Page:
What is a No Fault Divorce? All the facts.
Updated: Aug 16, 2022
What is a no-fault divorce?
In England, no-fault divorce refers to divorces where one spouse must no longer be proven in court to be guilty of desertion or adultery, or any “unreasonable behaviour”. It is the result of a new divorce law reform on 06 April 2022, and will apply to all divorces taking place after that date.
How will no-fault divorce work? What are the biggest changes?
The Divorce, Dissolution, and Separation Bill introduced the concept of no-fault divorce. The following are some of the aspects of no-fault divorce;
The couple no longer have to prove to the court that the relationship has broken down irretrievably
The updated language of divorce:
‘Decree Nisi’ has been renamed as a ‘Conditional Order’
‘Decree Absolute’ has been renamed as a ‘Final Order’
‘Petitioner’ (the individual who has submitted the application) has been renamed as ‘applicant’
Introduction of joint applications where both the spouse agree that the relationship has broken down irretrievably, and can apply for a divorce together. However, the applicants still maintain the right to submit the sole application for divorce if the partner does not agree to the application for divorce.
Removal of the ability to contest the Divorce, Separation, or Dissolution. This means that if one party makes a sole application for divorce, the other party can not contest or attempt to stop the divorce application.
Introduction of a new minimum period of 20 weeks from the day of starting the proceedings on the date when the ‘Conditional Order’ has to be made. (A conditional order refers to a document stating that the court does not notice a reason why a couple cannot divorce.)
Keeping the 6 weeks period between the final order and conditional order
When does no-fault divorce begin in the UK?
The no-fault divorce came into force in England and Wales on 6 April 2022.
What does no-fault divorce mean for separating couples?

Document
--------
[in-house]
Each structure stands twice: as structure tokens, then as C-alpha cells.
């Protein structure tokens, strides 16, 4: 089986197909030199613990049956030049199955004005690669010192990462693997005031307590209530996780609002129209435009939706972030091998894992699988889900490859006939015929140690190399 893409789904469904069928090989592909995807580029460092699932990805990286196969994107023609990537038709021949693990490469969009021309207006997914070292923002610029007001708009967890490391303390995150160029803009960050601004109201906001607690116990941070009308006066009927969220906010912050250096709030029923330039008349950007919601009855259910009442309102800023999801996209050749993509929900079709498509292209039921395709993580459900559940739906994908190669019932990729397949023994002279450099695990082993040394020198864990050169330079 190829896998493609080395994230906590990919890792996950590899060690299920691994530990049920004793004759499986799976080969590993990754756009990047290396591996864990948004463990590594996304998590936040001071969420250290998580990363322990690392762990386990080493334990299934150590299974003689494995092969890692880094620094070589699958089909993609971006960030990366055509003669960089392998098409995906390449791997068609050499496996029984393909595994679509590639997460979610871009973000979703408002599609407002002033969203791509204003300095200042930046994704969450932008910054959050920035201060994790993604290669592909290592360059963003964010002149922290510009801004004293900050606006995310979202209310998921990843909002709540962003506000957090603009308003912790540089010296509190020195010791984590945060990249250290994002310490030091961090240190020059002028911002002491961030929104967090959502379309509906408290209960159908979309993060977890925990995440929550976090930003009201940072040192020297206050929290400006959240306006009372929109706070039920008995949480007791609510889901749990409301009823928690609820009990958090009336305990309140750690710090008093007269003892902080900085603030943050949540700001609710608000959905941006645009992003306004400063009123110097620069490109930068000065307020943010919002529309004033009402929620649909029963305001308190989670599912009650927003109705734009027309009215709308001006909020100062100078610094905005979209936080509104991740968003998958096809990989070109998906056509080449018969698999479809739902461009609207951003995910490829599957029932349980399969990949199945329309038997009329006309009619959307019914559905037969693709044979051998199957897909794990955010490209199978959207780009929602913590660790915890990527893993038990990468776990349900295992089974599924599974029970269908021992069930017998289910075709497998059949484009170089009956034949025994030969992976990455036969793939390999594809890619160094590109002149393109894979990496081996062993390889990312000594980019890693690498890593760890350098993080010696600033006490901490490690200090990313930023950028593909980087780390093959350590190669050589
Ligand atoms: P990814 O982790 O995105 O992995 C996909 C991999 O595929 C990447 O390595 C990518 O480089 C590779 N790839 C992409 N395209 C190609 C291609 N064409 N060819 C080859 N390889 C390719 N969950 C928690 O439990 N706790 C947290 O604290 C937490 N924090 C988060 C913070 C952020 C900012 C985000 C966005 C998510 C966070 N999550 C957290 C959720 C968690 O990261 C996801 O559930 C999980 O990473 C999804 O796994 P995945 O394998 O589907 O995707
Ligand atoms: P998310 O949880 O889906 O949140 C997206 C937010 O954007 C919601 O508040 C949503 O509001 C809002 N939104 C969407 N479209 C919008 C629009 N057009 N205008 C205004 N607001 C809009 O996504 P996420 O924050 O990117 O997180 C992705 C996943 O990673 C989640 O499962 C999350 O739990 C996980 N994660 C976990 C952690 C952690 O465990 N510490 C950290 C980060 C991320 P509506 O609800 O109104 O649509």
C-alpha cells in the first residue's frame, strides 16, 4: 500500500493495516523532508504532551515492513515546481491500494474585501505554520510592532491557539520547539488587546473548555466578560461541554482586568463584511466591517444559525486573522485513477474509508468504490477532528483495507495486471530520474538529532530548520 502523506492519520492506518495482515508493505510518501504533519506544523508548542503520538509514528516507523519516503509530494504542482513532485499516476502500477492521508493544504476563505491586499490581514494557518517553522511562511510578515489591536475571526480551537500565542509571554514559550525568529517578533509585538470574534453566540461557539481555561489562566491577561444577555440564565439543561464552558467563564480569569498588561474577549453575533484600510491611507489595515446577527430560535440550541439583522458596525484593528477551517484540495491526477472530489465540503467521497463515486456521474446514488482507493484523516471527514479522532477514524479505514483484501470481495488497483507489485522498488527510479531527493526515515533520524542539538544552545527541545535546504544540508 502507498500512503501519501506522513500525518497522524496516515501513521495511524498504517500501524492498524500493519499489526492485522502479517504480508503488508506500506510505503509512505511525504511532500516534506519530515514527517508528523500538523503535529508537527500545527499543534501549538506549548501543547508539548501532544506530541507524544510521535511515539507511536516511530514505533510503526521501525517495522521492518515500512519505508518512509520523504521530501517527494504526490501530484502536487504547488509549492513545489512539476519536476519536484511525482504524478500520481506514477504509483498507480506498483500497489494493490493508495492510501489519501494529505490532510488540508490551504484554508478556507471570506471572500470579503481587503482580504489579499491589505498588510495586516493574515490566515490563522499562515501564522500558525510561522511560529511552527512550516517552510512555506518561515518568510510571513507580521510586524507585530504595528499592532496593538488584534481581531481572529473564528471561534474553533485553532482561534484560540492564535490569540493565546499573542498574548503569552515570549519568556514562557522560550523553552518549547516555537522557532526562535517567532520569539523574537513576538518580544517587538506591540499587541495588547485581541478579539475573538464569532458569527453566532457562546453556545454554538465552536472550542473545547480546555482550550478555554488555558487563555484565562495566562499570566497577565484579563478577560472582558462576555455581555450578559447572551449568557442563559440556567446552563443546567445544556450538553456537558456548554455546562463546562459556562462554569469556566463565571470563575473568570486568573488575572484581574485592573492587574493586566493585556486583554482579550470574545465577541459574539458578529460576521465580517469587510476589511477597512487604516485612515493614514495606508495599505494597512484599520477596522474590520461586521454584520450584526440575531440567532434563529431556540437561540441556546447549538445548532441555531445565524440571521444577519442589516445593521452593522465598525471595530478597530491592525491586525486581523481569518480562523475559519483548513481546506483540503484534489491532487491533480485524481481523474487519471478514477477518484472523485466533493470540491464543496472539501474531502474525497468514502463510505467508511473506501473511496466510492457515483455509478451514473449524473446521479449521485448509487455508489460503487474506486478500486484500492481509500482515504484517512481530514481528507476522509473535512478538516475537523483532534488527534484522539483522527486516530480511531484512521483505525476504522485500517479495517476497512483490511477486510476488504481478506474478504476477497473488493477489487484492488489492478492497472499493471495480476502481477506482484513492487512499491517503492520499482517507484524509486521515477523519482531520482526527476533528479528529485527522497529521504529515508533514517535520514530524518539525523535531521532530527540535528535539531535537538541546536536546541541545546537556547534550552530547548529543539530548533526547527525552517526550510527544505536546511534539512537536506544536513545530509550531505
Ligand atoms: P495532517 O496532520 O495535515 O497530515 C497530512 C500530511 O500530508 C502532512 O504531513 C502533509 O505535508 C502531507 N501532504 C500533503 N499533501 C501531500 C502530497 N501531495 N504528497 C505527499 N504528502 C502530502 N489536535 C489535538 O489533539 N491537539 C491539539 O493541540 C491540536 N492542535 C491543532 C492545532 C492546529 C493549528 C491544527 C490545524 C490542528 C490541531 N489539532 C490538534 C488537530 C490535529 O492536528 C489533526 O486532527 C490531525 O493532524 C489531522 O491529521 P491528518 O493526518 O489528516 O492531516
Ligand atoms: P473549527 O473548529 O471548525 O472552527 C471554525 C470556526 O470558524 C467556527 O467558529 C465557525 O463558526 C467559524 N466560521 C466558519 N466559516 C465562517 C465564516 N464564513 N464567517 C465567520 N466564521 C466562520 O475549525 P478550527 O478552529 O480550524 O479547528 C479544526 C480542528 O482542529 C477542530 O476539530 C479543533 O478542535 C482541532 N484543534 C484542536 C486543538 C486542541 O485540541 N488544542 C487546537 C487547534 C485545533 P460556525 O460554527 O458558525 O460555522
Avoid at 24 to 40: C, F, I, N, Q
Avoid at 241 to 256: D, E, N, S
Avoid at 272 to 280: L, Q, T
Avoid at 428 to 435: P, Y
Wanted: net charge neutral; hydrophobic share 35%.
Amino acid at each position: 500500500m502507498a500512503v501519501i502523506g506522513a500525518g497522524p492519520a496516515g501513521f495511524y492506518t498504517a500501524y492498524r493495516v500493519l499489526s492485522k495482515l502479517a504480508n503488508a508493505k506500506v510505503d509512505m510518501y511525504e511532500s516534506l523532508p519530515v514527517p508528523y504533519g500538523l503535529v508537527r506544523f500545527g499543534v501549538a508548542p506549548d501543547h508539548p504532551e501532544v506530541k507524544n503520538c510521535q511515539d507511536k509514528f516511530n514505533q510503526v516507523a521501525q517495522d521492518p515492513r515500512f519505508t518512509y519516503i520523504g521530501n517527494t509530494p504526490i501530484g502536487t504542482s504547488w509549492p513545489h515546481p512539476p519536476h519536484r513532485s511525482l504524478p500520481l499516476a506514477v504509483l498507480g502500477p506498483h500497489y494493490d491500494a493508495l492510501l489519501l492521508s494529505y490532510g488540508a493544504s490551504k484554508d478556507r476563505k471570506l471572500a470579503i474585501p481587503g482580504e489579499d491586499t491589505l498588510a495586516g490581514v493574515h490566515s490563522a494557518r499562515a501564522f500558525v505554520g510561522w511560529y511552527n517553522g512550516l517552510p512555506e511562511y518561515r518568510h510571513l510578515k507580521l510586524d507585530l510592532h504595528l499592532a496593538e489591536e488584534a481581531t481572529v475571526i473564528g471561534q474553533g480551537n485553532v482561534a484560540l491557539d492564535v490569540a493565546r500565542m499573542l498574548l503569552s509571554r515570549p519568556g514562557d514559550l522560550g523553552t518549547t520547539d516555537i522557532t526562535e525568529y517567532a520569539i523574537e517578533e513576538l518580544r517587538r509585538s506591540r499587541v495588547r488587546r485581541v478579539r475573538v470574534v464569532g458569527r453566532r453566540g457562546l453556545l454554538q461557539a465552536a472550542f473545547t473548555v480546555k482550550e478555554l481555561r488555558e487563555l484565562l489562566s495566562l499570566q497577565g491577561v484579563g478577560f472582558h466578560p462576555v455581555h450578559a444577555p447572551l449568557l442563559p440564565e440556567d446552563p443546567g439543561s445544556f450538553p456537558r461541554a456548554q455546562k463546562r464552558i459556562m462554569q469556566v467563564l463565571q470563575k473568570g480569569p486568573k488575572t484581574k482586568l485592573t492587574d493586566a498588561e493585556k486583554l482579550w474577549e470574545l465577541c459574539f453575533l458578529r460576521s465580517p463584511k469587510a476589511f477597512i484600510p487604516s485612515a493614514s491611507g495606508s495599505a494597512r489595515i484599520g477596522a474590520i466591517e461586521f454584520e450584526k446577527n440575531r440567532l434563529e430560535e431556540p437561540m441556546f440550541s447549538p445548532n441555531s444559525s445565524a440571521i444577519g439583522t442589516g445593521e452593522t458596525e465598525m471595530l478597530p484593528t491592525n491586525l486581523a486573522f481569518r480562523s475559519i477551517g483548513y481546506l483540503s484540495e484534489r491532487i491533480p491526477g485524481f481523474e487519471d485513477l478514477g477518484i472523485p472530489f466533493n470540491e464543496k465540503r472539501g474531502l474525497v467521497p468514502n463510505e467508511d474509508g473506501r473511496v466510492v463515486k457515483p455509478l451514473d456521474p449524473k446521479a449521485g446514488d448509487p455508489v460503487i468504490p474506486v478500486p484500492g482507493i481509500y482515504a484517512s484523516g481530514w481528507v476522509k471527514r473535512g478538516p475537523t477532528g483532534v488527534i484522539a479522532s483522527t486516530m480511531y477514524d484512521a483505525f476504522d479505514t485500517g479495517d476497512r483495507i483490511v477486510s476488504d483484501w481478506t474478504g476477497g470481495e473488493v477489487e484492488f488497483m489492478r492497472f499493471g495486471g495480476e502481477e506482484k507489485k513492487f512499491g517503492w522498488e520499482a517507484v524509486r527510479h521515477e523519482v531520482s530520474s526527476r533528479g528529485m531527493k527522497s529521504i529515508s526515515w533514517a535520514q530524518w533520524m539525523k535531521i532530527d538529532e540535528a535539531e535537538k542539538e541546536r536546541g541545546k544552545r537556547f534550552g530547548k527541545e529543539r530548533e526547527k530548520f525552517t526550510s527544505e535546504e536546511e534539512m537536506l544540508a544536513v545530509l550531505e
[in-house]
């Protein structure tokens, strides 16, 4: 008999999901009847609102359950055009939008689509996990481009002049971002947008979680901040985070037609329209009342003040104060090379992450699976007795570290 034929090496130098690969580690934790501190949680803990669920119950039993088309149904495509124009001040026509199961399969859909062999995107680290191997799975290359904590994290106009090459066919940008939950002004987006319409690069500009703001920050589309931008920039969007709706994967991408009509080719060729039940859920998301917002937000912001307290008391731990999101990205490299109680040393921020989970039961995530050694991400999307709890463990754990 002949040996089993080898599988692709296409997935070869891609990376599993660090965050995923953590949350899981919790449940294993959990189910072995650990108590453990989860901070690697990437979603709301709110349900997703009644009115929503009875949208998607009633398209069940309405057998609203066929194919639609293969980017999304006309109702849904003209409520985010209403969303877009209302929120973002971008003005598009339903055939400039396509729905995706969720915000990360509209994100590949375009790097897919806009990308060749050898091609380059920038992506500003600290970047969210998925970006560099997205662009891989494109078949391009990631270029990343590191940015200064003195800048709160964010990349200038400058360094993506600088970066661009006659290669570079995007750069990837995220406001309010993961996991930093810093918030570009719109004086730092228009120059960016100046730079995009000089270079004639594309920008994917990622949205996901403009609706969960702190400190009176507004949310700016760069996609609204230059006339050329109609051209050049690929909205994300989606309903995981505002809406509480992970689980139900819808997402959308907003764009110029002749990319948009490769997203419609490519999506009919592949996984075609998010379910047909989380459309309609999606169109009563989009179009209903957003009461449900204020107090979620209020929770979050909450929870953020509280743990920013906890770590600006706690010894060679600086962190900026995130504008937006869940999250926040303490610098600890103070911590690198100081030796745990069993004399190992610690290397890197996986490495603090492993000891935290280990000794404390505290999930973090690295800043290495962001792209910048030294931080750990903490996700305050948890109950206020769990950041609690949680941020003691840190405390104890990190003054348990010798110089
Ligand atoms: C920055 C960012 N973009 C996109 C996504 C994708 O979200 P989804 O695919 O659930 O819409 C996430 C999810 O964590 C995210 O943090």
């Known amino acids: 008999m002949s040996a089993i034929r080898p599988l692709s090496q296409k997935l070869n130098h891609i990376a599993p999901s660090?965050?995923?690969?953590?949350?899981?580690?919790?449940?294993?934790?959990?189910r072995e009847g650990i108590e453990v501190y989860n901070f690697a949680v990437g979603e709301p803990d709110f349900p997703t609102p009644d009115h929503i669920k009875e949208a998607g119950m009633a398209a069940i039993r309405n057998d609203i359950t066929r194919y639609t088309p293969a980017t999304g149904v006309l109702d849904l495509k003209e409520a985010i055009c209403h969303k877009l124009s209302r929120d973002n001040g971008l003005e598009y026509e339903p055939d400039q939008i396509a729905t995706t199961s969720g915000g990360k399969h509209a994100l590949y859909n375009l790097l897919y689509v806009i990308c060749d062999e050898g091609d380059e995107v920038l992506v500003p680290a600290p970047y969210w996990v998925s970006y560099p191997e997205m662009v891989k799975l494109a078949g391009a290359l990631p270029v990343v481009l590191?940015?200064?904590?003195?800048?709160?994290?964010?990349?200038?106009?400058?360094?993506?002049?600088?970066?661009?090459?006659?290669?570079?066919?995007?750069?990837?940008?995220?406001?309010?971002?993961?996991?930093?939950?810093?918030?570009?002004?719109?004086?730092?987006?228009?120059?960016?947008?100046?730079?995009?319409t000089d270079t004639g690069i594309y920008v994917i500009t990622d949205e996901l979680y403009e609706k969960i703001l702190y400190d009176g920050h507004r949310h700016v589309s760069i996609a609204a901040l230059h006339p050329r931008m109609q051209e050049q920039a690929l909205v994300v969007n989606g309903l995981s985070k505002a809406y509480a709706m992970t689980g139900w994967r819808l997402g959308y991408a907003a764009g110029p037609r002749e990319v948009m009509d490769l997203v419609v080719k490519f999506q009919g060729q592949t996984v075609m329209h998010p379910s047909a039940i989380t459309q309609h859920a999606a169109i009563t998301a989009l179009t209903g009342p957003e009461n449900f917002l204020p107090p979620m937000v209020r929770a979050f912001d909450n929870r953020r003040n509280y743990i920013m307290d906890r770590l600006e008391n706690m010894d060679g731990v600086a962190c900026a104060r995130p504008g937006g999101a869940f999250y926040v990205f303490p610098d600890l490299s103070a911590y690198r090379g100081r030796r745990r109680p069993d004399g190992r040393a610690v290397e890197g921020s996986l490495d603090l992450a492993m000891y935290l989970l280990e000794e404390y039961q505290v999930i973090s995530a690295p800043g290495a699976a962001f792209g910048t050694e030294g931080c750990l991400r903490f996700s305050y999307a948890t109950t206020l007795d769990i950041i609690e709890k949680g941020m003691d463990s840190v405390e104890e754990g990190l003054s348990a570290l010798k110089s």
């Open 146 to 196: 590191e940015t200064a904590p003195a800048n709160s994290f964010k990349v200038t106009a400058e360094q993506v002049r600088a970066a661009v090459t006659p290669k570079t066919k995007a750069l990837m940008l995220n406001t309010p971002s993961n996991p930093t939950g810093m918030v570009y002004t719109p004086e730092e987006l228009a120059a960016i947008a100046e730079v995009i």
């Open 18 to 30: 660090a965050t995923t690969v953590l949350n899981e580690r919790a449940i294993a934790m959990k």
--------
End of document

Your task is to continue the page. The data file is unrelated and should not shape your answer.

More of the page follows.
In England, the basic objective of the no-fault divorce concept was to end the blame game between the couples, as the applicant does not need to prove a reason for divorce anymore (previously, things such as adultery, unreasonable behaviour, and desertation had to be proven before a divorce application would be filed).
This law also allows the couple to get the divorce in a less time-consuming and hassle-free manner without being forced to blame each other when the marriage has been already broken down and beyond repair.
It also means that divorce can happen with only the consent of one of the parties.
How do I apply for a no-fault divorce?
No fault divorce allows a spouse to make a sole application for divorce. Then the notice of the same is served to the other spouse. Apart from that, a joint application can also be submitted by the spouses together.
An online application can also be made for a no-fault divorce. To apply online, the names and addresses of both the spouses and the original and certified copy of the marriage certificate are required to be submitted along with the application.
In case a sole application is made, the court can send a copy of the divorce application earlier known as the divorce petition to the other spouse. After receiving the copy of the divorce application, the couple has to confirm the receipt of the application and accordingly should send an ‘acknowledgment of service’ form within 14 days back to the court.
We at Court Help Limited can help you to file a no-fault divorce.
Can Couples apply for divorce jointly?
Yes, couples can apply for divorce jointly under no-fault divorce, but do not have to, as the right for someone to apply for divorce on their own still remains.